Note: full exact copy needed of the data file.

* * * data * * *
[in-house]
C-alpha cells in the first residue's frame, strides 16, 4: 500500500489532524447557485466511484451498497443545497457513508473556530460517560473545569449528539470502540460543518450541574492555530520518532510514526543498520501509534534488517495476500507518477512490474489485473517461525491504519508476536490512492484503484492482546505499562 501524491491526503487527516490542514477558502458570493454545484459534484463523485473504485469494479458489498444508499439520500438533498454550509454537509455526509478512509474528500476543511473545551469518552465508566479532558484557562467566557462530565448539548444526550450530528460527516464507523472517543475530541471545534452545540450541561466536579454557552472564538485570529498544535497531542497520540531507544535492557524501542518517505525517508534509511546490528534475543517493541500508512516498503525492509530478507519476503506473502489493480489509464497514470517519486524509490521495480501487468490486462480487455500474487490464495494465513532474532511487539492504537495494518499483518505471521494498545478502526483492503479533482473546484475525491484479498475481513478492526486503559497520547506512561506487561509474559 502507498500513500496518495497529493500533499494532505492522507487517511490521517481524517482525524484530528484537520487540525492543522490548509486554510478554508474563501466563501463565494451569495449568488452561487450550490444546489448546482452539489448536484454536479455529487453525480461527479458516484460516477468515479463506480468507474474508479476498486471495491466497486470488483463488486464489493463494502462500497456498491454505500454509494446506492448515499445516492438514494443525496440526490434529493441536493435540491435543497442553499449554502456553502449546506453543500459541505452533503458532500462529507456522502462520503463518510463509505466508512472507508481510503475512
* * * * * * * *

[in-house]
C-alpha cells in the first residue's frame, strides 16, 4: 500500500489532524447557485466511484451498497443545497457513508473556530460517560473545569449528539470502540460543518450541574492555530520518532510514526543498520501509534534488517495476500507518477512490474489485473517461525491504519508476536490512492484503484492482546505499562 501524491491526503487527516490542514477558502458570493454545484459534484463523485473504485469494479458489498444508499439520500438533498454550509454537509455526509478512509474528500476543511473545551469518552465508566479532558484557562467566557462530565448539548444526550450530528460527516464507523472517543475530541471545534452545540450541561466536579454557552472564538485570529498544535497531542497520540531507544535492557524501542518517505525517508534509511546490528534475543517493541500508512516498503525492509530478507519476503506473502489493480489509464497514470517519486524509490521495480501487468490486462480487455500474487490464495494465513532474532511487539492504537495494518499483518505471521494498545478502526483492503479533482473546484475525491484479498475481513478492526486503559497520547506512561506487561509474559 502507498500513500496518495497529493500533499494532505492522507487517511490521517481524517482525524484530528484537520487540525492543522490548509486554510478554508474563501466563501463565494451569495449568488452561487450550490444546489448546482452539489448536484454536479455529487453525480461527479458516484460516477468515479463506480468507474474508479476498486471495491466497486470488483463488486464489493463494502462500497456498491454505500454509494446506492448515499445516492438514494443525496440526490434529493441536493435540491435543497442553499449554502456553502449546506453543500459541505452533503458532500462529507456522502462520503463518510463509505466508512472507508481510503475512